LEADERSHIP PRINCIPLES

Leading Beyond the Post takes an approach to leadership development and training that is both timeless and timely.

Founder Dr. Robin Martin builds on her successes in boardrooms, classrooms and athletic fields as she adds her distinctive perspective to the ethical leadership principles of Ubuntu, a traditional South African philosophy.

 

They include:

  • Modeling the way. Leaders set examples for behaviors, morals and ethics by leading with honesty, sincerity, compassion, empathy, dignity and respect for themselves and others
  • Shared vision. Leaders motivate others to support ideas and outcomes that advance the social, economic and professional advancement of the greater group.
  • Change and transformation. Leaders identify opportunities for institutional change through the people engaged within it.
  • Empowerment. Leaders recognized the interdependency of independent and organizational success as they develop a deeper understand of teamwork.
  • Servant leadership. Leaders develop clear visions of their role as they recognize that the needs of the collective community are greater than the needs of individuals.
  • Continuous integrated development. Leaders understand the importance of developing other leaders who can move people and organizations toward economic, social and personal successes.

 

Check back regularly and connect with Dr. Martin on LinkedIn for regular posts connecting these principles to the realities of 21st century management and leadership across industries.

Ubuntu Principle #1

November 05, 2018
Category: Leadership Principles

When we see ourselves; we see others.  Our sameness or collective interconnection is what unites us and demands justice for all. For we have spent too much misguided energy and rhetoric on the idea of individual merit and earned accolades, that we’ve forgotten our interdependence upon others—all others. This is what it means to Lead Beyond your Post and Navigate Courage. #ubuntuprinciple

 

Follow Dr. Martin on Instragram @ dr.robin_martin or visit leadingbeyondthepost.com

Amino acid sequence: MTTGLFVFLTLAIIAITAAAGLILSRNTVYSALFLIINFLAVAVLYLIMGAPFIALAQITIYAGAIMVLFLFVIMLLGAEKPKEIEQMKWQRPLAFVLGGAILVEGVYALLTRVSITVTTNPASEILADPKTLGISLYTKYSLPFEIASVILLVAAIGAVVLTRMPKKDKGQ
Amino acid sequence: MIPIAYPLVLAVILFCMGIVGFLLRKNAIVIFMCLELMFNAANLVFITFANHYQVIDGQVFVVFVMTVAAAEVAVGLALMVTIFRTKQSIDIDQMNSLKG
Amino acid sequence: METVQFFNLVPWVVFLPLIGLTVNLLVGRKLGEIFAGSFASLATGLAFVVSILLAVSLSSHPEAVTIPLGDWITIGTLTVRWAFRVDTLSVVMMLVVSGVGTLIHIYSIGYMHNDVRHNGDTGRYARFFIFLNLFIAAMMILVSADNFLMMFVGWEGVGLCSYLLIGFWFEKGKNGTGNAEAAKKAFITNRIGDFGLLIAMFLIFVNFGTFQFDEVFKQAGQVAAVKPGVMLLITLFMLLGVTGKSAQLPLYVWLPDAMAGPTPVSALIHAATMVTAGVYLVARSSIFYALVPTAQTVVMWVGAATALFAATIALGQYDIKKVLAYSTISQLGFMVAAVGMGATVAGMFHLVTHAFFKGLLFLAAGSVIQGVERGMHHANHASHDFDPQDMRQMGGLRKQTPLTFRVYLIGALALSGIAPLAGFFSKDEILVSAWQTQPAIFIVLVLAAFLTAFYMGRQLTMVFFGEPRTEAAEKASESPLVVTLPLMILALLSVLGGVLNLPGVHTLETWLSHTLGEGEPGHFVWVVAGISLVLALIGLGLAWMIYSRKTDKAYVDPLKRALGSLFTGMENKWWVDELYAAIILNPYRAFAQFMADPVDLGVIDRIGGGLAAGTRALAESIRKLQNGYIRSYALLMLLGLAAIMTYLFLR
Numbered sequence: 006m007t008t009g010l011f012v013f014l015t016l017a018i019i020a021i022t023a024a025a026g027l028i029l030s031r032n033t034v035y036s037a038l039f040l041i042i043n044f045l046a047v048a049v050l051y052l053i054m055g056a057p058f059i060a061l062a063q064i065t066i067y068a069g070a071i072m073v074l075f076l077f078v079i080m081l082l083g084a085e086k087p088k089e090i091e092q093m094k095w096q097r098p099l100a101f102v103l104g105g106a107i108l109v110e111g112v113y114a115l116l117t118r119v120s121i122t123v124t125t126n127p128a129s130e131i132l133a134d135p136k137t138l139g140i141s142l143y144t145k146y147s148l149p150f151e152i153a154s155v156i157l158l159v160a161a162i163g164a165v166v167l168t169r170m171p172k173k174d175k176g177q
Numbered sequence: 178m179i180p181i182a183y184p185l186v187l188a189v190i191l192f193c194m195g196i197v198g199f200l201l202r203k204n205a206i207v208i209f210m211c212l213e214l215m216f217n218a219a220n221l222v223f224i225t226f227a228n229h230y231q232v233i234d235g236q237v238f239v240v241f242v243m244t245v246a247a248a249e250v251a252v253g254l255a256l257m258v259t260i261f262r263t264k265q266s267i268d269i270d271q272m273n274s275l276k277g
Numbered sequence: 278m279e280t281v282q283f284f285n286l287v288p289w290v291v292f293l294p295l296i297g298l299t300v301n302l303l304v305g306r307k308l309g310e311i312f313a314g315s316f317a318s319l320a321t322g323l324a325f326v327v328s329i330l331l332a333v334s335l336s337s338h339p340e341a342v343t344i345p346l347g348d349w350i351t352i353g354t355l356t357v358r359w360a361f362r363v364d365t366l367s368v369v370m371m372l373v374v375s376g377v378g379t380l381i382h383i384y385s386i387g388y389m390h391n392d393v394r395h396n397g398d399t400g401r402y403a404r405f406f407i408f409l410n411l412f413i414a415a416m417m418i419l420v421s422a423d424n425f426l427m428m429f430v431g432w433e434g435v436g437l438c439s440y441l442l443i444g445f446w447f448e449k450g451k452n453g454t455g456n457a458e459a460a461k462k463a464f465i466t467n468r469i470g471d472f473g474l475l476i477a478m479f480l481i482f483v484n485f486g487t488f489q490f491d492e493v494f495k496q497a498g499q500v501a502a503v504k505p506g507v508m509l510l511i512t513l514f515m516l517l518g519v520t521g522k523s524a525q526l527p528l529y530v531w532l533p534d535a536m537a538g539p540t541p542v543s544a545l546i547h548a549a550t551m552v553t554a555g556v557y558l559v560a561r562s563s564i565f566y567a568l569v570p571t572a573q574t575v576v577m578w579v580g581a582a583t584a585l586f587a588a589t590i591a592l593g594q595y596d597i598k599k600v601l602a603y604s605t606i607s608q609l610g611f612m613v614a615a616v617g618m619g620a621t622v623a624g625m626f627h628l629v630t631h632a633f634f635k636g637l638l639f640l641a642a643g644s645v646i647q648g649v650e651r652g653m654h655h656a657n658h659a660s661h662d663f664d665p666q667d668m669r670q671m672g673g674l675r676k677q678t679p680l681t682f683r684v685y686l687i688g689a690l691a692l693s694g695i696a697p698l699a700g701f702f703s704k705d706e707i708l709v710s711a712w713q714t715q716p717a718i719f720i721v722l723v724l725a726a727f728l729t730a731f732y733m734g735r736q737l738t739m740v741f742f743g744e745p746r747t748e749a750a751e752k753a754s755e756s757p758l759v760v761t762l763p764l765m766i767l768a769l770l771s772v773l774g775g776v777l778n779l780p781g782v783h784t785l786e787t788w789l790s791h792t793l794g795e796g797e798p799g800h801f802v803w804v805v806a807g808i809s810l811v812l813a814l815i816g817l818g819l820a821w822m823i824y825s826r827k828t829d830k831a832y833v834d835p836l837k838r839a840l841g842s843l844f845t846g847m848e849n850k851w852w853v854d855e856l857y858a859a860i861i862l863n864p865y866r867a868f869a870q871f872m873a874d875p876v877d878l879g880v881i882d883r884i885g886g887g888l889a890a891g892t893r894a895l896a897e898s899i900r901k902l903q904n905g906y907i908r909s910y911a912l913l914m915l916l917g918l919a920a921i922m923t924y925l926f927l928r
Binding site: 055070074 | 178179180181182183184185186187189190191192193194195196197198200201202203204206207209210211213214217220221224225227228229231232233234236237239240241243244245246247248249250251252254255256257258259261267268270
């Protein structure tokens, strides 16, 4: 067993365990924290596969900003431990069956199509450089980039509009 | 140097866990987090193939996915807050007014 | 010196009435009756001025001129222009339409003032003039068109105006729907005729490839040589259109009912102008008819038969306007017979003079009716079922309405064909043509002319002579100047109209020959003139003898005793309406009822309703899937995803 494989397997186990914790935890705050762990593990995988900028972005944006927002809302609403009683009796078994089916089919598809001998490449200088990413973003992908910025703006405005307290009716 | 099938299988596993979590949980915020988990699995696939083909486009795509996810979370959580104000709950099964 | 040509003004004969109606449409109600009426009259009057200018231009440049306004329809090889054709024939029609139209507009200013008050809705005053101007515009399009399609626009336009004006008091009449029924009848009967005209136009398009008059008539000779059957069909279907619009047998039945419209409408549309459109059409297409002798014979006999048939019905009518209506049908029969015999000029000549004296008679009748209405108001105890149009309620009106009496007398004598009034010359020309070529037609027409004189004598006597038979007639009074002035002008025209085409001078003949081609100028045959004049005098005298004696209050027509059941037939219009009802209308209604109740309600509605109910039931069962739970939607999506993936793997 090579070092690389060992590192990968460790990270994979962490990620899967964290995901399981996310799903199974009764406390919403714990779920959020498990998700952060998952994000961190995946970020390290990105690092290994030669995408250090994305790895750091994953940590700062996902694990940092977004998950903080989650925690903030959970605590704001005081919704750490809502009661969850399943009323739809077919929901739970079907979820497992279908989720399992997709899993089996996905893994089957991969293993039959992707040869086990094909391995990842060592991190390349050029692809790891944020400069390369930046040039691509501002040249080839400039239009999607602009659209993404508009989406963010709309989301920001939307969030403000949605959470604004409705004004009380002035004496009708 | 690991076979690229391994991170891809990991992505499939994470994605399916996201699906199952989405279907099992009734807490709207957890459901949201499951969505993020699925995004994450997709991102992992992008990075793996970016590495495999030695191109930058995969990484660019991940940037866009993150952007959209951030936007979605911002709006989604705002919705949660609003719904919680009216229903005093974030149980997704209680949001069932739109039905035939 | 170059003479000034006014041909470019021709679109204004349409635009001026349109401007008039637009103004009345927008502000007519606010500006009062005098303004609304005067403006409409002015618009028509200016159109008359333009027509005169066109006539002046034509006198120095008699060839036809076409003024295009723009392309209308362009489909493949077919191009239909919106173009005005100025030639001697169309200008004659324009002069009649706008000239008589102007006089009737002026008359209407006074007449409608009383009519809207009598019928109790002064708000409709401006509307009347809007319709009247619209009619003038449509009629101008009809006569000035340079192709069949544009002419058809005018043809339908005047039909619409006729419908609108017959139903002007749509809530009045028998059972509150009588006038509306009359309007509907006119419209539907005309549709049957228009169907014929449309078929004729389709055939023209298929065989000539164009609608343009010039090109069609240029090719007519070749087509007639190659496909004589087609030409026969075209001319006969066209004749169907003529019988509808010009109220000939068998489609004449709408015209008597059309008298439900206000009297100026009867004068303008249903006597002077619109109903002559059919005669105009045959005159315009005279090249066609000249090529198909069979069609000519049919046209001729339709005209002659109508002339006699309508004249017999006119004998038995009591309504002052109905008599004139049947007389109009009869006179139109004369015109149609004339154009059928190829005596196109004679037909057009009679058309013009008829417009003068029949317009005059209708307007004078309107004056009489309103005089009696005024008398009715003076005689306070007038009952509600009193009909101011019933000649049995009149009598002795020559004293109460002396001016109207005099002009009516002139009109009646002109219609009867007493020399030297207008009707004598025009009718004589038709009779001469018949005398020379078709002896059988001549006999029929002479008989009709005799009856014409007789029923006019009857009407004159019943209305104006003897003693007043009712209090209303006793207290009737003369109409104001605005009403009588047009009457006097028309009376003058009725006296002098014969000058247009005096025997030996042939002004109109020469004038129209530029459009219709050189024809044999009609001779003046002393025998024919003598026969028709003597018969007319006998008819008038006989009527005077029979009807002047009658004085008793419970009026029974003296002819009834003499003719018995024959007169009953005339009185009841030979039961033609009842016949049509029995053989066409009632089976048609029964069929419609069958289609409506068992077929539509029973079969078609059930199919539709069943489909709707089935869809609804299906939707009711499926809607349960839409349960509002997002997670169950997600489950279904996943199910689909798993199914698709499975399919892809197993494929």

Tags: Ubuntu

The Power of the word AND

November 03, 2018
Category: Leadership Principles

As more lives are destroyed and the nation teeters on the brink of civil unrest —desperately clutching onto the either/or, for/against, Republican/Democrat binary that the president of the United States and others have cleverly used to create more division, I am reminded of the power of the word AND.


The word AND removes the either/or binary and helps us to examine the complex nature of humanity by uncovering multiple truths and unlimited possibilities of sense-making. I find this particularly important in the world of deception, lies and gaslighting, for our collective journey is too complex to be examined through an either/or paradigm. If it were that easy, we would have solved the problems of the world.


I contend that the sooner we embrace our individual and collective AND, the quicker we can embrace the vast contradictions and complexities in the world —AND reimagine and work toward a better one. That's what it means to Lead Beyond Your Post and Navigate Courage.


Dr. Martin is CEO/Founder of Leading Beyond the Post, Inc. a full-scale leadership development, training, and executive coaching company. Follow her on Instagram @dr.robin_martin or visit Leadingbeyondthepost.com


The Art of Questions

August 30, 2018
Category: Leadership Principles

You know why the hard questions must be asked. It is not altruism, it is self-preservation—survival.

—Audre Lorde, Oberlin College Commencement Address, 1989